It started with the White House vowing to stand behind their pick for US Ambassador to Iraq, the supremely unqualified Brett McGurk. Less than 18 hours later, McGurk was out. If you never got just how unqualified McGurk was, you just had to wait for his boyfriends to come crawling out of the woodwork to defend their fellow. Neocons and War Hawks like David Frum. And the always ridiculous Fred Kaplan.
When these floating turds start whining "Poor Brett, we loved him well," you know McGurk was even worse than his scant resume suggested.
The political crisis in Iraq continued . . . despite little attention from the US press. The Iraqi press? They reported last week that the White House is pressuring everyone to 'wrap it up' because they don't want the crisis on voters' minds when November rolls around. US Vice President Joe Biden was supposed to visit. But, the Iraqi press reported, Nouri al-Maliki, prime minister and US-installed thug of Iraq -- told Joe not to bother.
It's really important to US President Barack Obama that no one be thinking about Iraq as the elections approach. If they do, Barack's fake Iraq accomplishment looks even less impressive. Not only because he was unable to name one ambassador to Iraq who could stick out for a four-year term. (McGurk, if he had been comfirmed, would have been Barack's third US Ambassador to Iraq -- following Chris Hill and James Jeffrey). But also because the White House's choice to back Nouri after Nouri didn't win the 2010 elections, to piss on the democratic process and tell Iraqi voters, "You got, Nouri, suck on it!" seems especially misguided now that the country is gripped in gridlock.
If American voters started talking about that, they might notice that the US-brokered an agreement in November 2010, the Erbil Agreement. Since Nouri didn't win those elections, the Erbil Agreement was required to give him a second term. The US swore to the Kurds, Iraqiya and others that this was a binding contract and that, in exchange for their letting loser Nouri have a second term as prime minister, they would get this and they would get that. It was legal! It was signed!
Nouri used it to get his second term and then refused to keep any of the promises he had made. And the White House didn't stick up for the agreement and acted like they didn't even know about it. (The US press quickly followed the White House lead.)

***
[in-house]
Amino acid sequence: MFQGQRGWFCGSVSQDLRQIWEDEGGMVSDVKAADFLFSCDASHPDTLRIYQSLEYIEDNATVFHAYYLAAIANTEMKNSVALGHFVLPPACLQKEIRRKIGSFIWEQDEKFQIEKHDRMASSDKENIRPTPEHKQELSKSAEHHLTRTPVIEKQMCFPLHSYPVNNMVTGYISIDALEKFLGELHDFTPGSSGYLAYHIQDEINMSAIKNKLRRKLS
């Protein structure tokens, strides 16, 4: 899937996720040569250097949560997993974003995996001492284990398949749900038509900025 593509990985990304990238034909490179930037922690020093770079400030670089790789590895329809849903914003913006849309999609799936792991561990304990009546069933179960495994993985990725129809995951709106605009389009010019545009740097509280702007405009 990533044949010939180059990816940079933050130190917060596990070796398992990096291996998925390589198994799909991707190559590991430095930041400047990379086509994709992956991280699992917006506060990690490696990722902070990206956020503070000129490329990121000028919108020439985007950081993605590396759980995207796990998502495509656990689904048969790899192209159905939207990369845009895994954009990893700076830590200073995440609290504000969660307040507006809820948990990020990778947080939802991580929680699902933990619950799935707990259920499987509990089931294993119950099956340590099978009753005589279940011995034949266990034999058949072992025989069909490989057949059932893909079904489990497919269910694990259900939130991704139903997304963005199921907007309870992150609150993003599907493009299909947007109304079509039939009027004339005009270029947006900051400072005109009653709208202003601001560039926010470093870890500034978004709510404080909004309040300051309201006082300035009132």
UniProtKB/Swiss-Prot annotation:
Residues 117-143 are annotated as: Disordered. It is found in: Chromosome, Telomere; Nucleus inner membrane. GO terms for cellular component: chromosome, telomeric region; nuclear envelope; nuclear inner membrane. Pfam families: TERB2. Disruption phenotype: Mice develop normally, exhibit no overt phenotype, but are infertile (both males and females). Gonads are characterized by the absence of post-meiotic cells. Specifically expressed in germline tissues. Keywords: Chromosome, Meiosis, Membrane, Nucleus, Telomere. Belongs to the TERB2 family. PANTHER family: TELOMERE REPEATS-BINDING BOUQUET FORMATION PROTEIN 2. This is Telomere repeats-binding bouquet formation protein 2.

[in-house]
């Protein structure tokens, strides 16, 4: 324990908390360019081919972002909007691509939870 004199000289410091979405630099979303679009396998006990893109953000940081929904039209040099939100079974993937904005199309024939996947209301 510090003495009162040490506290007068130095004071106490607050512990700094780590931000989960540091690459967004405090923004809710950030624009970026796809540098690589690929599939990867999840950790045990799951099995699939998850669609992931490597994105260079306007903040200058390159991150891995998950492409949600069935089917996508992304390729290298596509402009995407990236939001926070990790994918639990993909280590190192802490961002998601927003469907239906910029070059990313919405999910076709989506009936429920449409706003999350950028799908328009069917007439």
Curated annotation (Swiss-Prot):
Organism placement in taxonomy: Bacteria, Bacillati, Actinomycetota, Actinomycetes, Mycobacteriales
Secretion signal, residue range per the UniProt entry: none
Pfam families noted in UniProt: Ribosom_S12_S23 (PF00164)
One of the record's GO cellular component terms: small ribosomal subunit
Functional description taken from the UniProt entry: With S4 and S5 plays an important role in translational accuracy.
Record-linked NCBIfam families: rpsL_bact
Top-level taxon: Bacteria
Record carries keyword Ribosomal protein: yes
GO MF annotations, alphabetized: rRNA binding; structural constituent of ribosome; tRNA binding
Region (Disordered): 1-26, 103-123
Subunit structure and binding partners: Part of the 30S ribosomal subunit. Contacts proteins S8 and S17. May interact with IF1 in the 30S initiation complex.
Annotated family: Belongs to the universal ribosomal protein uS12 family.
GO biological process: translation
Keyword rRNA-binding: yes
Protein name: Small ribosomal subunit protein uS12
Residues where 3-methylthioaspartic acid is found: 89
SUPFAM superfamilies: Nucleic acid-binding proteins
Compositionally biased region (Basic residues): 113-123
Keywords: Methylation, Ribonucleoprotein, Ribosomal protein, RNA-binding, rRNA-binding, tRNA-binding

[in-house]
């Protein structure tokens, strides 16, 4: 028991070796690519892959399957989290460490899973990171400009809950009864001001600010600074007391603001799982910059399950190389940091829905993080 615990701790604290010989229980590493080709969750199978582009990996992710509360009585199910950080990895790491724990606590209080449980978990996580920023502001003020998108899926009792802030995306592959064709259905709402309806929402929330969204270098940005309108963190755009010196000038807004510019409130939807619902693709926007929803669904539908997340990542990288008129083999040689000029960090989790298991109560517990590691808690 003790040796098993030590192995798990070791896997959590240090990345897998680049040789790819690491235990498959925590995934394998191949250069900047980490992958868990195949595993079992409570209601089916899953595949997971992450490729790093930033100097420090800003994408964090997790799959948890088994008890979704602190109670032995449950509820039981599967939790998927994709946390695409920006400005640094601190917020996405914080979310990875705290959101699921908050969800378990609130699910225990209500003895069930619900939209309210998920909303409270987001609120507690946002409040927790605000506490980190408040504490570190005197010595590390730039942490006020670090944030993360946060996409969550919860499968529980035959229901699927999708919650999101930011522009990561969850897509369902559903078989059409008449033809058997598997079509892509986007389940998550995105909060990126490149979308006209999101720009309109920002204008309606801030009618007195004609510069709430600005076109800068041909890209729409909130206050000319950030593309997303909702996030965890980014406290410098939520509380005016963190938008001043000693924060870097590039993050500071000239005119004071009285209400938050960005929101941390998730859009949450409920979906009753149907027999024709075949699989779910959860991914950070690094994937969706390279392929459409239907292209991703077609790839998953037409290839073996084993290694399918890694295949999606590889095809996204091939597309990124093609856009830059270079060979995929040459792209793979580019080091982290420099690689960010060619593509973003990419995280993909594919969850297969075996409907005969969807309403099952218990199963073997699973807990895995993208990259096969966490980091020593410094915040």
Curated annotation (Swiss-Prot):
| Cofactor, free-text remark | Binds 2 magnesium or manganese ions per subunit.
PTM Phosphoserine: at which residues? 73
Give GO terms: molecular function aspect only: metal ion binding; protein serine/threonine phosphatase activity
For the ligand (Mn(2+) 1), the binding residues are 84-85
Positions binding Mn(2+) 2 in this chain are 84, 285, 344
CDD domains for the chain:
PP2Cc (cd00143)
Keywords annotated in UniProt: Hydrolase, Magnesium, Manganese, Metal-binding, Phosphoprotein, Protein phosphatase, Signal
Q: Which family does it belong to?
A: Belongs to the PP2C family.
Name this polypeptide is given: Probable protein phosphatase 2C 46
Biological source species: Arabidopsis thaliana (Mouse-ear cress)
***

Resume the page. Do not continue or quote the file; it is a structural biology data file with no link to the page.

Iraq's chaos and violence. It's not an accomplishment for Barack. And if American voters look to closely, they might come across the the Senate Foreign Relations Committee released [PDF format warning] "The Gulf Security Architecture: Partnership With The Gulf Co-Operation Council" reported on in the Tuesday "Iraq snapshot."
Barack insists he ended the Iraq War (bombings last week indicate otherwise) and brought all the US troops home.
No, he didn't. Not only are about 1,000 US troops still in Iraq, you've got the troops Barack moved to surrounding countries. As the Senate report documents, there are over 13,000 in Kuwait alone and stationed in Kuwait so they can move quickly back into Iraq. And the Senate's recommending keeping them there for several years more.
That's not really what Barack promised but he's always had a problem being truthful to the American people. Fortunately for him, so much of the press has been eager to lie for him.
So Wednesday morning you could read about these troops in some outlets. For example, Maqsood Hussain (News Tribe) reports, "The United States has now nearly 15,000 troops in three bases across Kuwait -- triple the average number of American forces in the Middle Easter country before the US-led invasion of Iraq in 2003 [. . .]" Jennifer Rizzo (CNN) opens with, "The United States has approximately 15,000 troops in Kuwait, according to a Senate report released Tuesday,, the first time the number has been disclosed." But the paper that did more to sell the illegal war than any other 'forgot' to use its front page to announce reality.
In a bid for public sympathy, Iraqi President Jalal Talabani got the press to whisper on Thursday that when he returned from his 'emergency' procedure in Germany (he had knee surgery), he was going to resign as president. No one cared, much to Jalal's dismay.
Friday brought more bombings. From that day's snapshot:
It wasn't the only violence that week, it wasn't even the only violence this month. Haider Najm (Niqash) explained:
The past week has been a deadly one for Iraqis. A wave of coordinated attacks around the country targeted Shiite Muslim pilgrims and others observing a week of holy days. The results, according to Iraqi Body Count, an organization that analyses reports of deadly incidents in Iraq from around the world and from Iraq, saw 92 killed on the deadliest day, Wednesday June 16, and a further 121 killed over the following week. Many hundreds more were wounded with around 300 injured on Wednesday.
This was one of the deadliest weeks in Iraq following the withdrawal of US troops late last year and Iraqi Body Count estimates that 315 civilians had been killed up in Iraq up until June 19.
Saturday brought news of Nouri's plans to close down 44 media outlets in Iraq including the BBC.
All of that and so much more. Including an American family who begs the Iraqi government to returned their loved one who died this month.
Iraq. The country that the US government tore apart and now wants desperately to keep voters from thinking about.